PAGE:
How legal it is for police to search your mobile phone in Australia?
If you ever have come across a policeman stopping you on the road and asking you to show your mobile then you have this question in mind as how it is legal for a cop to search your mobile phone in Australia. From inputs from Matthew Raj an Assistant Professor at the Faculty of Law at Bond University here is the best answer to this question.
Talking of your mobile’s security and privacy the mobile brand companies allow you to secure your phone privacy with a passcode or a pattern protection where you swipe a symbol or numbers and unlock your own phone. This security feature of locking one’s own phone saves your personal data like contacts, text messages, videos or music or any other important document.
Studying the legal aspect of police searching your phone and asking for your password to unlock your phone has different aspects varying about different country laws In 2014, a US Supreme Court decision confirmed the search and seizure of digital contents of a phone during an arrest is unconstitutional. Chief Justice John Roberts described mobile phones as: “not just another technological convenience. With all they contain and all they may reveal, they hold for many Americans “the privacies of life”. The court seemed to recognise that, in many ways, phones are more like a home than a handbag. Therefore in July 2017, a US Federal Court judge excluded evidence obtained without a warrant using a surveillance device that tricks suspects’ phones into revealing their location.
In Canada, a narrowly divided Supreme Court ruled in 2014 that warrantless police searches of a phone following an arrest are permitted, so long as the search is directly related to the circumstances of the arrest.
The court ruled that detailed records must be kept of the search. Justice Thomas Cromwell said:
“Unwarranted searches undermine the public’s confidence that personal communications, ideas and beliefs will be protected on their digital devices. This is particularly important given the increasing use and ubiquity of such technology. It is difficult to conceive of a sphere of privacy more intensely personal – or indeed more pervasive – than that found in an individual’s personal digital device or computer”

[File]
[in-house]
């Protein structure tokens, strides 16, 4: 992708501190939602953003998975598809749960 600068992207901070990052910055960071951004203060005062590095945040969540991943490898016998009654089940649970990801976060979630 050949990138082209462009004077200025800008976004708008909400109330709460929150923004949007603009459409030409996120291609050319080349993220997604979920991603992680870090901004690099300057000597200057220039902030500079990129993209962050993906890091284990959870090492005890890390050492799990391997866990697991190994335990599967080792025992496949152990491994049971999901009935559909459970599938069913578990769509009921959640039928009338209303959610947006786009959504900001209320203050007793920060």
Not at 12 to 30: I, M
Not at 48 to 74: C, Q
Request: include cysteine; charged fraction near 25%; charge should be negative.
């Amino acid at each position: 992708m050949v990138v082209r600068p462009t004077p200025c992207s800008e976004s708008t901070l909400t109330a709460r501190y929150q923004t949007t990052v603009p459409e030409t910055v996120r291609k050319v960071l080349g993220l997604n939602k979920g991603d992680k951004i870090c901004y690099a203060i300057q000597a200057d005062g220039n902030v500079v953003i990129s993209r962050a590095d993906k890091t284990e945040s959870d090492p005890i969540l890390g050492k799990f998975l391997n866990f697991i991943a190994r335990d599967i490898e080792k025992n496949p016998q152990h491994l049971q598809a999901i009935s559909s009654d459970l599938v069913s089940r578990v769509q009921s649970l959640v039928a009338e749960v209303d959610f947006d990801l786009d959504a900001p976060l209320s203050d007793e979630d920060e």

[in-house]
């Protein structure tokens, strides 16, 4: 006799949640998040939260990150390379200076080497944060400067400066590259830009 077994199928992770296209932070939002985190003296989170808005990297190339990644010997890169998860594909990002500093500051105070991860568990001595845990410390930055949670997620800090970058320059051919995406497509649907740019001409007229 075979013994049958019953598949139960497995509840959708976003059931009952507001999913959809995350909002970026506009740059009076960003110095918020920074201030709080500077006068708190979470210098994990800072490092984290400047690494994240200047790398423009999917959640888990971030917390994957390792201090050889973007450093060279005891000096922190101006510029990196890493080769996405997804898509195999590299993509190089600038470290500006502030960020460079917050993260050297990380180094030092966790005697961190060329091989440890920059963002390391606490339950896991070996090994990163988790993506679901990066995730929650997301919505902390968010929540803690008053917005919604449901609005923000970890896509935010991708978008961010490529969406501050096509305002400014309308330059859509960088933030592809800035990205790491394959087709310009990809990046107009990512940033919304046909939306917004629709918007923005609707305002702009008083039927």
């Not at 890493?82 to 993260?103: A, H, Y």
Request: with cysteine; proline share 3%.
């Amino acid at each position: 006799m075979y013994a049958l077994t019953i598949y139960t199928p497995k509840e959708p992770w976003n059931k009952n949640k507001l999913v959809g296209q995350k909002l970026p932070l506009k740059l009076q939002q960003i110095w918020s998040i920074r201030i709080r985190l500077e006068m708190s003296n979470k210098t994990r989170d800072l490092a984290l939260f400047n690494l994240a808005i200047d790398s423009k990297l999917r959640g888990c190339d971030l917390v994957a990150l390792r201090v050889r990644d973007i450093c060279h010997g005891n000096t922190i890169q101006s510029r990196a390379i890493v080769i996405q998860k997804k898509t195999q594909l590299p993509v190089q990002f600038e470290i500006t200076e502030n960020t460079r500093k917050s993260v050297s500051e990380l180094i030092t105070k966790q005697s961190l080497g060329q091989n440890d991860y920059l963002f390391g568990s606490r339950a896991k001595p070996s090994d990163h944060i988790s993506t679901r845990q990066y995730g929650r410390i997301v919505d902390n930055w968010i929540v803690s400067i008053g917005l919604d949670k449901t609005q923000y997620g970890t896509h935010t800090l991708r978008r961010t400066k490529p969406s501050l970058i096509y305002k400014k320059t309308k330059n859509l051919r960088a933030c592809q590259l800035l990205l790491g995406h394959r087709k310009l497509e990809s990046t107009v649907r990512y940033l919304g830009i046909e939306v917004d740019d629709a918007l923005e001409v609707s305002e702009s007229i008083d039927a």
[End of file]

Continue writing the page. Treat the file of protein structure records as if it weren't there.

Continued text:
The laws in Australia- When can police search your phone
The position in Australia is not so clear. Last year, police officers on the Gold Coast arrested Paul Gibbons, a former Australian Federal Police officer. It was alleged the officers required Gibbons to unlock his phone using his fingerprint. It was also suggested that, once seized by police, material was deleted from Gibbons’ phone.
Point to note is that police officers can search your mobile phone with your consent. A recent Queensland decision made it clear that voluntarily permitting a police officer to look at one piece of information like your phone contacts list acts as consent to look at all the information stored on the phone.
However, information stored on the phone does not include information accessed via the internet (ike your Facebook or whatsapp messages. Without a warrant or a person’s consent, police must rely on existing powers to search either before or after arrest if the police must reasonably suspect you possess an unlawful dangerous drug.
It has been recognised, in line with the aforementioned 2014 US Supreme Court decision, that while a warrantless pre-arrest search of a phone may be legally justified despite the invasion of privacy, a post-arrest search may not be.
Also the police can rely on emergency search powers to prevent the loss of evidence like when they genuinely suspect that evidence of the commission of an indictable offence may be destroyed.
Police powers to search also exist in relation to your vehicle and anything in it, which includes your phone.
In Queensland, it is an offence to possess something that has been used or is used in connection with the commission of a drug offence. So if you text another person to arrange the supply of drugs, merely possessing the phone becomes an offence.
But controversially, if you refuse to provide the police your passcode or fingerprint, you may be charged with an offence of obstructing or contravening a direction given by a police officer. This is because, in circumstances where an officer has the power to seize a phone, they also have the power to examine it.
Without the voluntary consent of an owner, a search warrant must include authorisation (under special provisions relating to warrants) to gain access to a password-protected device. In addition to obtaining a valid warrant, police must have this special provision on the face of the warrant so as to require you to provide the information necessary to access all of your electronically stored information.
As you know your mobile phone carries a great deal of information. It has your work email, personal photographs, places you’ve been, friends with whom you associate, dating preferences, levels of fitness, internet browsing history, bank account details and much more are all carried in your hand. With enough work, even the stuff you’ve deleted can end up being retrieved.
All that can be concluded finally is the fact that in Australia police needs to have clearer explanations to search your phone. The rules need to be examined carefully and proper guidelines or norms should be set when police requires to search your phone. Also public should be made aware of the laws where the search is necessary. (Inputs from various news sources as well as lifehacker.com)
As said above police should obtain your consent to search data stored on a mobile with a proper lawful procedure.